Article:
Nimble fingers moved the pieces in turn. McCoy found his eyes torn between watching the game, and then imagining those fingers elsewhere. He wasn't sure why that thought suddenly turned that way, but it felt natural. He'd considered the thought once, Spock and himself together, but it'd seemed so strange, so impossible that he'd just laughed it off. He and Spock were always at each other's throats, pushing each other's buttons. Spock was as Vulcan as they came, and McCoy was always goading him. Spock was also his superior. McCoy chalked it up as having too much time on his hands between shifts.

Now it didn't seem nearly as unwelcome. Or as strange. He got the distinct feeling that Spock didn't dislike his goading as much as he let on, that illogically, he found it stimulating. He thought of how heated those fingers had felt during that mind meld, brown hair tousled, the restrained strength in those hands, or how his blue eyes would look while he pounded away at him ...

McCoy realized with a start that he was viewing himself through Spock's eyes, not his own.

Spock suddenly made what looked like a hasty move, one that looked overconfident. He suddenly sent his queen hurtling towards Jim's king. There wasn't any way to take the queen without losing a piece and exposing his king to the nearby knight. Jim reacted on instinct and moved the king away. It left the king safe and the queen suddenly surrounded. Spock was probably going to lose the queen. It was a good move, one that McCoy wouldn't have exactly thought of himself. Maybe the queen was at risk but it had moved Jim's king out of that stronghold he'd built. It was a surprisingly successful move, unexpected but it a moment, McCoy couldn't tell if that was the damn Vulcan or if he'd just thought that himself. Neither could he pin who was the source of pleasure at the move's success. Either way, it went straight to his dick.

When Spock made to push a pawn into another move, McCoy gave him a warning squeeze on the thigh, a silent 'no'. He wasn't sure if it was a good move or not, but it felt right not to. Not that Spock needed that warning, that mind meld was obviously helping Spock's game somehow. Spock reacted, and placed the pawn exactly as he would have normally. McCoy focused on the game once again. His hand flattened on the Vulcan's leg, and absently he began to rub small circles there, getting tantalizingly closer to his crotch with each pass...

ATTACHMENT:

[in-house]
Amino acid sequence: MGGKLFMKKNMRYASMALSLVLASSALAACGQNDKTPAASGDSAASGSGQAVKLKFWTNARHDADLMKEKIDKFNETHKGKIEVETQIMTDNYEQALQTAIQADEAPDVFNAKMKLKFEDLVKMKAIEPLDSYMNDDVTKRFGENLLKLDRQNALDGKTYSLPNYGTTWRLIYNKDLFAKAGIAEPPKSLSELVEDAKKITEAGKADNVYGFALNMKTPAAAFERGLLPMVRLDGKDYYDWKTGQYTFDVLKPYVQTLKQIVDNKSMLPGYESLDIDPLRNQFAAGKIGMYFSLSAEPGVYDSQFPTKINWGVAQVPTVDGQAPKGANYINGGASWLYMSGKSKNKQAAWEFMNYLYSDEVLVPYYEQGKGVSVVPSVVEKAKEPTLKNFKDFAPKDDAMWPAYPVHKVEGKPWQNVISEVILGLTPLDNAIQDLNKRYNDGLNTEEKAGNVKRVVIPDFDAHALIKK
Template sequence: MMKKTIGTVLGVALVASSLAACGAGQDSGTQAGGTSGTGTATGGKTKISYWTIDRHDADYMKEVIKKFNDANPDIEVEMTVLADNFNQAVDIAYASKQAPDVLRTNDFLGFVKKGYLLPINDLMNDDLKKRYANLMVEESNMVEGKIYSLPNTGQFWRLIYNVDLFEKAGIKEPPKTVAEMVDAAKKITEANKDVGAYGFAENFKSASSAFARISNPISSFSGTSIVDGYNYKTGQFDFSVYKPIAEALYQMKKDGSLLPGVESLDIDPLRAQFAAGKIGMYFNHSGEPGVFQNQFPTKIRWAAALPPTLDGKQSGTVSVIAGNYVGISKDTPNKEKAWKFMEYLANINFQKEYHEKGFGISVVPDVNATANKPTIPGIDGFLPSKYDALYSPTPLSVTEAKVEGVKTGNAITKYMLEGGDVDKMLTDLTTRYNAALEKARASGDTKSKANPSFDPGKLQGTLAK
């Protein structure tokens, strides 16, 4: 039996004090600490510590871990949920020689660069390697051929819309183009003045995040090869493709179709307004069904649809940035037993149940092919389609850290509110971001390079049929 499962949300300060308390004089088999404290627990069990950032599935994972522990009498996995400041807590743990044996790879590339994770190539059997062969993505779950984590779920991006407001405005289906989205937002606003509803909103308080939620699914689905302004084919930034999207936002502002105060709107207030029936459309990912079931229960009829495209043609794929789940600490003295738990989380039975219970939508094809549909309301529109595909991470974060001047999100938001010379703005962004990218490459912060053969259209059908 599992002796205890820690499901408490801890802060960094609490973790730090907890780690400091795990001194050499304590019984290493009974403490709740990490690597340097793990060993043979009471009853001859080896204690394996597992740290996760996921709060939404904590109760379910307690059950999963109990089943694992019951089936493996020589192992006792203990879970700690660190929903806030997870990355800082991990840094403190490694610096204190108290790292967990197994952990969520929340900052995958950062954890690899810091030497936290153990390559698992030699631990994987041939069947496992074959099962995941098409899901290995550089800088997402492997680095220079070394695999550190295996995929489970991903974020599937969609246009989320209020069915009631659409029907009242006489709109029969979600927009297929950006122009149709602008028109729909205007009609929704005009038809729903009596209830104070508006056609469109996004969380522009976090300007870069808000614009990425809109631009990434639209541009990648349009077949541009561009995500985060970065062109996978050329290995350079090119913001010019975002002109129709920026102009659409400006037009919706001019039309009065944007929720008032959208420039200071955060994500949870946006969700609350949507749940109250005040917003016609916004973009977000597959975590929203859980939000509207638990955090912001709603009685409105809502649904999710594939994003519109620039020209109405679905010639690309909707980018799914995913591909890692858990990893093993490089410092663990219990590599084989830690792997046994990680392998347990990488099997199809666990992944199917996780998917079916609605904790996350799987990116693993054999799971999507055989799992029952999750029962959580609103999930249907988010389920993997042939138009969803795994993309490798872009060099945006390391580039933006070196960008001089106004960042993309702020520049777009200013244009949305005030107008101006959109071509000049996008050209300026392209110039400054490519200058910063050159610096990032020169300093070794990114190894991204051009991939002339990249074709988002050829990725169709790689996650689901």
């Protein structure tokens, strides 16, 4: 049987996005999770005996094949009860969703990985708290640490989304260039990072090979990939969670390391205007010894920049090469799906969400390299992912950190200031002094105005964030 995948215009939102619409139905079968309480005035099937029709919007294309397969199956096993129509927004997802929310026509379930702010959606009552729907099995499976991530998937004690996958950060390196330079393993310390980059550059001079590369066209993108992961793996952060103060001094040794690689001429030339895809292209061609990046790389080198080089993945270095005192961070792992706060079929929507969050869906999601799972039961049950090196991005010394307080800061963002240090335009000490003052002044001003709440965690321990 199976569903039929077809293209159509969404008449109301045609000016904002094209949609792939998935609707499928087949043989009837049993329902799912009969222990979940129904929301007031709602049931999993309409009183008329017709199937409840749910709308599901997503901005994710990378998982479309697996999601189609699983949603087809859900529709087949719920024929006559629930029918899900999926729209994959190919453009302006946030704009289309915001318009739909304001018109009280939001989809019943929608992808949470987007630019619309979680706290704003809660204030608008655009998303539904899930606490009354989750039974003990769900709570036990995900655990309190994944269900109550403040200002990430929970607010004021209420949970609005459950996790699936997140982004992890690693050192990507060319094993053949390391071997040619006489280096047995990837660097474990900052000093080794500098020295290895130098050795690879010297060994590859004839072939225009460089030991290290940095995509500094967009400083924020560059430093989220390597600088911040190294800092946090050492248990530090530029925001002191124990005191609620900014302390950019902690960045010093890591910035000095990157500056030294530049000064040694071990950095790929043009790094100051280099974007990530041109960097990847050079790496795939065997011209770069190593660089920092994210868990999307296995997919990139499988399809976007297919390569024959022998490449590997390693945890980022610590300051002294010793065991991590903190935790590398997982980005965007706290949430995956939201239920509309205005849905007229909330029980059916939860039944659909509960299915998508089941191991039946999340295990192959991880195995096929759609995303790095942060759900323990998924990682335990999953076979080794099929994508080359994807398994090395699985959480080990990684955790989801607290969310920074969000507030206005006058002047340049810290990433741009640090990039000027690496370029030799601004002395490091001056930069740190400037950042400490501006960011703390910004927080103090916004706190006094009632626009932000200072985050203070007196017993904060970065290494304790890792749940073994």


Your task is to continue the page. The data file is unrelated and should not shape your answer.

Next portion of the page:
He didn't notice Spock's moves getting bolder and more erratic. McCoy was finding it harder to concentrate on the game though...

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Kirk didn't notice it at first. He'd been staring at the board, trying to figure out what Spock was doing. He wasn't sure what exactly Spock's mind meld would do: McCoy hadn't said anything the whole time, just watched the game as spectator. If he hadn't seen that a mind meld had taken place, he wouldn't have seen the point of McCoy coming along. Whatever it was, Spock was suddenly playing a new game, and Kirk hated to say it, but he might actually lose.

It was only when he made his next move and there wasn't any answering move that he looked up.

Spock had his arms full with his Chief Medical Officer. McCoy was practically crushed against him, half sitting on the Vulcan's lap, and for all the world, looking like he was trying to inhale his mouth. Jim's throat went dry for a second at the flicker of tongue pushing into his First Officer's mouth. Spock had a hand to McCoy's neck, and the other to his hip, grinding the doctor down against his lap. They didn't even seem to notice him staring. In fact, he wasn't even sure they noticed that they were crawling up each other right in front of him. Spock's hand drifted from McCoy's neck and disappeared up his shirt.

Kirk could only imagine what his faced looked like right now. Probably stunned, mouth hanging open a little. As surprised as a starship captain wasn't supposed to ever look in front of the crew.

Well, one thing was for certain. It looked like the game wasn't going to be finished any time soon. McCoy was sucking Spock's fingers in his mouth. In turn, the Vulcan gave a hard buck up against the doctor.

Well, if you can't beat them..., Kirk thought wryly as he palmed at the growing bulge in his pants.